Glatiramer Acetate for MS Appears Safe Throughout Pregnancy

Deborah Brauser

November 09, 2017

PARIS — Use of branded glatiramer acetate (GA; Copaxone, Teva) throughout pregnancy is relatively safe for women with multiple sclerosis (MS) and their offspring, new research suggests.

A cohort study of 216 women who chose, after consultation with their physicians, to continue treatment with GA throughout pregnancy showed that the rate of congenital disorders in the newborns was not significantly different from that in a comparison general US population database (3.2% vs 2.8%, respectively).

The number of observed cases of congenital disorders (n = 7) was also similar to that seen in EUROCAT, a European network of population-based registries (n = 5.4).

In addition, 86% of the babies were born at full term, defined as at least 37 weeks. Of those who were preterm, 89% were born between weeks 34 and 36 and were considered to be "late preterm." While the distribution of birth weight was similar between the treatment group and the US population, very low birth weight, defined as less than 1.5 kg, was not reported.

As for adverse events (AEs) during the neonatal period, there were three cases of neonatal respiratory distress/apnea and two cases each of neonatal jaundice and hypoglycemia.

Orit Neudorfer, MD, Teva Pharmaceutical Industries, Petach Tikva, Israel, said that this is the largest cohort with full pregnancy exposure to GA "for which data has been published."

"We think the data are very reassuring. It seems in this cohort there are no adverse effects from Copaxone," Dr Neudorfer told Medscape Medical News.

She presented the findings here at the 7th Joint European Committee for Treatment and Research in Multiple Sclerosis-Americas Committee for Treatment and Research in Multiple Sclerosis (ECTRIMS-ACTRIMS) 2017 meeting.

Asked for comment, Mar Tintore, MD, PhD, Department of Neurology-Neuroimmunology and the MS Center of Catalonia, Vall d'Hebron University Hospital, Barcelona, Spain, noted that these results, along with information from past experimental models, "indicate that this treatment is pretty safe."

"This takes away the obligation of having to stop treatment in pregnancy," added Dr Tintore.

Many Questions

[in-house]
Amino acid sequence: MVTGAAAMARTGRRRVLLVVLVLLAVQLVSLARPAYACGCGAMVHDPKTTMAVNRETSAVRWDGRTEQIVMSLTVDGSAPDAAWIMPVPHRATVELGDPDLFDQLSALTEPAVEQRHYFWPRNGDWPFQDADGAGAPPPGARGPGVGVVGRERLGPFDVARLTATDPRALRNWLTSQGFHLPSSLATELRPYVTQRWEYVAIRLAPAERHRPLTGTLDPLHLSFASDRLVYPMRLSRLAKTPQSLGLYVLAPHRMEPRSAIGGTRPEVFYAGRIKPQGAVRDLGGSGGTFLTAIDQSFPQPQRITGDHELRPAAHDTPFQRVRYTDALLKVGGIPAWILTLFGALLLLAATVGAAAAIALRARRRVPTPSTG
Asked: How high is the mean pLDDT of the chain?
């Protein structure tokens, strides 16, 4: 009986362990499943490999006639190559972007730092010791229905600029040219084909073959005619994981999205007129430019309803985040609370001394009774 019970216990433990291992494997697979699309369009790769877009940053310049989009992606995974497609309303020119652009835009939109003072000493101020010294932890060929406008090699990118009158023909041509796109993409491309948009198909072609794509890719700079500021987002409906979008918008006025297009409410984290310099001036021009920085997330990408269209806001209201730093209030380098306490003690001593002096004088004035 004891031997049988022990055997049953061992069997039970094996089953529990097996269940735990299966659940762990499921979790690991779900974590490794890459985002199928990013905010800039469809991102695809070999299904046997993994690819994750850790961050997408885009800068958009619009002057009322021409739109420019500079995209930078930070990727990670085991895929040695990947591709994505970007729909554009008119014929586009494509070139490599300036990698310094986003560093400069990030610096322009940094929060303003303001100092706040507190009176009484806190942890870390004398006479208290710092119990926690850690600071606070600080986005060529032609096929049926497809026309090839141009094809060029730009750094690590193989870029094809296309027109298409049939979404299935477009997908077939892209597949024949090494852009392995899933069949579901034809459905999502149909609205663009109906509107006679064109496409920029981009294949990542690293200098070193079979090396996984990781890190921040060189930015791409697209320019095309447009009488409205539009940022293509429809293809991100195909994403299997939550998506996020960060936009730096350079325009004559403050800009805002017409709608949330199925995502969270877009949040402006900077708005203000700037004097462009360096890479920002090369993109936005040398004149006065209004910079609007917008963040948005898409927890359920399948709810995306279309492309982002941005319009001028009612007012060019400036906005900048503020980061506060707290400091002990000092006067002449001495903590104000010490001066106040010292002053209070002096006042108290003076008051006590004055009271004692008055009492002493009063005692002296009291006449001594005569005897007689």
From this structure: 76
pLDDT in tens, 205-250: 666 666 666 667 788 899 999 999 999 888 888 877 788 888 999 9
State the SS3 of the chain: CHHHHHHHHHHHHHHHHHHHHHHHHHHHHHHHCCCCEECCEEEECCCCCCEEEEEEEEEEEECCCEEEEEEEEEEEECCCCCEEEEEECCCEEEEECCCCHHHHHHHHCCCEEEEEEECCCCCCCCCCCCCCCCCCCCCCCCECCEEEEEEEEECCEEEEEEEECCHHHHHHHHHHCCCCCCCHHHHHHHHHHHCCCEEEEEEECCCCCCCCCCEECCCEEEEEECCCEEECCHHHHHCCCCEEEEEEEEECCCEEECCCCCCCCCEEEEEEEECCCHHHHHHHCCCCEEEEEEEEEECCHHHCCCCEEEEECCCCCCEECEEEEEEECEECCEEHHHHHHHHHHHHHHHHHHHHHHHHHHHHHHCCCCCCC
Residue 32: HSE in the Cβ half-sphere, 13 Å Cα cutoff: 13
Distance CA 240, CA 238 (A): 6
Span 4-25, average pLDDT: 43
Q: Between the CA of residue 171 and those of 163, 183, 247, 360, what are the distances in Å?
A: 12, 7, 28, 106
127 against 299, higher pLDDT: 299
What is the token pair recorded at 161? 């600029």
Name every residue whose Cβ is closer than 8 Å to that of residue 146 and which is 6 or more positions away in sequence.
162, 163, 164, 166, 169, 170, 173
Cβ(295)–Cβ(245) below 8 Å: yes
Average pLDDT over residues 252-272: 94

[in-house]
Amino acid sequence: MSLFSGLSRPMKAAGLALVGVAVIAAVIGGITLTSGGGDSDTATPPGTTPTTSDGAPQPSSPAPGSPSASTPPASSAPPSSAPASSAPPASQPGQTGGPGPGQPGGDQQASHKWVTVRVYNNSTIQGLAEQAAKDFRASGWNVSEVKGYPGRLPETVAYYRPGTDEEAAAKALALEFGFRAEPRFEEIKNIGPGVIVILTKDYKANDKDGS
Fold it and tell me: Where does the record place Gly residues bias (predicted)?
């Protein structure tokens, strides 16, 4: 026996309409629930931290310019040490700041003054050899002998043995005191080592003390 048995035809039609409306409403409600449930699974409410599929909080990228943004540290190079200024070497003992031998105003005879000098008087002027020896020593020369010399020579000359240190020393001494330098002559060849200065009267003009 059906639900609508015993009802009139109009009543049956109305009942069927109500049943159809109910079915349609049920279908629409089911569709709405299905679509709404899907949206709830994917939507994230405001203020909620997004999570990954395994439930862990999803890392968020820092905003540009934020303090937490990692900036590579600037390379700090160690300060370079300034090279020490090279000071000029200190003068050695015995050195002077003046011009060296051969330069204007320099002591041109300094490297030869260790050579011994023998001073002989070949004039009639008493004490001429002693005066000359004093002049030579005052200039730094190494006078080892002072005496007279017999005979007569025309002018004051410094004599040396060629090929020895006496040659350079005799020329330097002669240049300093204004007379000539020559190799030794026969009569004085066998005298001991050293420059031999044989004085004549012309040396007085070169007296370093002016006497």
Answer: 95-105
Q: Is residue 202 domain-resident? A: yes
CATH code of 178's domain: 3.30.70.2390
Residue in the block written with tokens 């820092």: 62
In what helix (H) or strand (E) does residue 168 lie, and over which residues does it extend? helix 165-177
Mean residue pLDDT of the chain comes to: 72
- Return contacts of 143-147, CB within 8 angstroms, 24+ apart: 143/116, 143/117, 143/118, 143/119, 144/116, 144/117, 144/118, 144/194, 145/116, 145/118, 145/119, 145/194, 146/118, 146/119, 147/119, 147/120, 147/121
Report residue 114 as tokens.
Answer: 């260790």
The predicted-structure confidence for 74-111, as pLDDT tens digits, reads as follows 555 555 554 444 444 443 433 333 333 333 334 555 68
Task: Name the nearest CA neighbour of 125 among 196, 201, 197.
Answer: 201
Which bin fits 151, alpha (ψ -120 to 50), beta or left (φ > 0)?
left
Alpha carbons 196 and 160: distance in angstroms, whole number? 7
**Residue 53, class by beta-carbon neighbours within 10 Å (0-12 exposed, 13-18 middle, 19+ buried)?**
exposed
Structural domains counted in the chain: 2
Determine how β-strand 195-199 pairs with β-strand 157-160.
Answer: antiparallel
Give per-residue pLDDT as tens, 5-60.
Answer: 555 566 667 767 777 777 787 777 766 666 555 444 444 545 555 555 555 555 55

Pregnancy has been shown to be almost protective for mothers with MS, but questions remain about possible effects from disease-modifying therapies (DMTs) to moms and fetuses.

"DMTs for MS are often discontinued for women who intend to become or are confirmed pregnant," write the investigators. But for those with severe or highly active MS, "the benefit of treatment…may outweigh the unknown risk to the fetus from DMTs," they add.

"Although DMTs are not recommended for use in pregnancy, it is not uncommon for women treated with GA to be exposed before the pregnancy is determined, or even throughout pregnancy."

Past analyses of 20 years' worth of records in Teva's database showed that among more than 8000 pregnancies, there was "no increase in risks for malformative or fetal/neonatal toxicity or pregnancy loss" in those who were exposed to branded GA, report the researchers. However, treatment exposure was mostly limited to the first trimester. 

For the current study, the investigators wanted to assess pregnancy outcomes in women with MS who were exposed to the drug during all three trimesters. They examined 216 of such cases in the manufacturer's pharmacovigilance database.

The average age for these women was 32 years, and all cases of pregnancy resulted in a live birth. In addition, 69% of the cases were in the United States; 13% in Brazil; 3.7% in Germany; 2.3% each in Canada and Turkey; and 1.4% or less in France, Israel, Portugal, Spain, Japan, Mexico, and the Netherlands.

In addition, rates of congenital disorders were compared with reference rates from 2010 to 2014 in EUROCAT and rates from the US population–based Metropolitan Atlanta Congenital Defects Program (MACDP) from 1978 to 2005.